Ballet on Film’ is an on-going collaboration with Honolulu Classical Ballet and artistic director Romi Beppu. It is an exploration into the rich hues, spirited movements and magical artistry that is ballet in Hawaii. Instead of focusing on the performance on stage, much of the visual story revolves around the in-between moments during rehearsal – all the little details that are woven together to create the final show.

Photographic film is the perfect medium to capture ballet’s elegance. Two art forms that may seem distinctly different at first glance, find shared experiences in their creative process and how an idea weaves its way through the initial stages ultimately to its crescendo. The countless hours spent bending, twirling, mastering the exact placement of one’s figure in ballet is mirrored in the attention to detail, editing, reviewing and obsession that is film photography.

Each frame of ‘Ballet on Film’ has and will continue to be captured on Kodak Portra 800 with my Yashica 635.

Bodies in Motion

“Onstage, bodies in motion. Love the light hitting the floor and the coordination of the team – the coming together. Dancers have energy radiating through their feet and hands. I also like the imperfection of the lines and the ‘rehearsal’ feel of this one.” — Romi

“I like that your hand is the first in the correct position followed closely by the other artistic directors then the students. The progression of teachers to students.” — Lisa


“Gorgeous shot of Aya with one of the students. Dim, but it gives a soft quality and you just know that the care is there and it is genuine. Background girls preparing gives that feeling of concentration before the performance – that very special quiet time.” — Romi

My favorite part of the project is a section called “Letters.” These are insightful excerpts from emails or “letters” exchanged between Romi and I, which you see as quotes below the photos below. I find it fascinating to hear what viewers think and feel when they see the art.

What resonates with them and why? In this case, it was particularly special to hear from my collaborator and when I read her notes I was very moved. They were so beautifully written and full of the emotions I had difficulty putting into words. “Letters” has become an integral part of the project where we can delve deeper into the collaboration of dance and photography, and also our collaboration as artists.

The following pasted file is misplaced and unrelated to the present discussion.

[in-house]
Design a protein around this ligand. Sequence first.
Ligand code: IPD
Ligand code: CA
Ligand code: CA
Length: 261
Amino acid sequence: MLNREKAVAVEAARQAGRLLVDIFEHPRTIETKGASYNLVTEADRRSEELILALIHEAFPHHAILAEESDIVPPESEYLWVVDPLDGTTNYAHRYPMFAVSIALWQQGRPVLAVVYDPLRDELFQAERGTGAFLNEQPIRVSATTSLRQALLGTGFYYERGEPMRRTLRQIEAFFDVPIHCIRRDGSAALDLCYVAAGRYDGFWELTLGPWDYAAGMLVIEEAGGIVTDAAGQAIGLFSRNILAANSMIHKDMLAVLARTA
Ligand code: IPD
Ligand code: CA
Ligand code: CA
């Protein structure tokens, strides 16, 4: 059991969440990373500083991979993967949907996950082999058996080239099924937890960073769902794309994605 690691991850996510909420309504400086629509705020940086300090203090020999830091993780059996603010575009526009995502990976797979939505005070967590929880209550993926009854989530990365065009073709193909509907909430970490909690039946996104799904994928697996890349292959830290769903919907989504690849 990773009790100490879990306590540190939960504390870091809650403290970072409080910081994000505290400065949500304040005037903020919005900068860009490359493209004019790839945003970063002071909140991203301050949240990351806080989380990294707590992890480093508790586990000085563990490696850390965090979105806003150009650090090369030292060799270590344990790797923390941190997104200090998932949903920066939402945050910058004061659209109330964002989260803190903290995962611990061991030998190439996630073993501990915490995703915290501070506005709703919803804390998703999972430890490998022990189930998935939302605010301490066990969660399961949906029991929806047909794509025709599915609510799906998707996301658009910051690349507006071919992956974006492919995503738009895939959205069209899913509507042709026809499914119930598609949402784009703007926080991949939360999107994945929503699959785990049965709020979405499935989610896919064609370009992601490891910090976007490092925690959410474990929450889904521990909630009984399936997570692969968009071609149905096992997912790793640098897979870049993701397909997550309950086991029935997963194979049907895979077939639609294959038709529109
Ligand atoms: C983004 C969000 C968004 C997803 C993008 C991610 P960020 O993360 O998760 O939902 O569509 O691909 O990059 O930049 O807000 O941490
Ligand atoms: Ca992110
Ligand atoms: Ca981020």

~ Lisa

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About the author

Avatar - Lisa K Cho

Lisa K Cho

I'm a self-taught photographer based in Honolulu. Most of my film work is created with a 50-year-old camera that formerly belonged to my mentor. My work has been exhibited in Hawaii and New York. Please learn more on and on Instagram at @lisakcho

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  1. Love that Portra 800 “look”. By far my favourite film, but I had to stop shooting it with my recent separation/impending divorce, it was just too expensive (back to Kodak Gold 200 for me!)

  2. One question Lisa, and a suggestion… two of the shots are treated very differently in regard to the blacks from the others. To my eye the final shot of Aya (lovely composition btw – very Degas) would benefit greatly if the curves were adjusted so the background went to black and the reds were made richer. Same to a lesser degree in the shot of the young ballerina in front of the ropes. You speak of care in editing, so perhaps you are planning a couple of different looks for the entire series. I think that can work, but in a series of five frames to my eye the difference is distracting and the reasons for it puzzled me. Something to think about as the series develops perhaps. Cheers.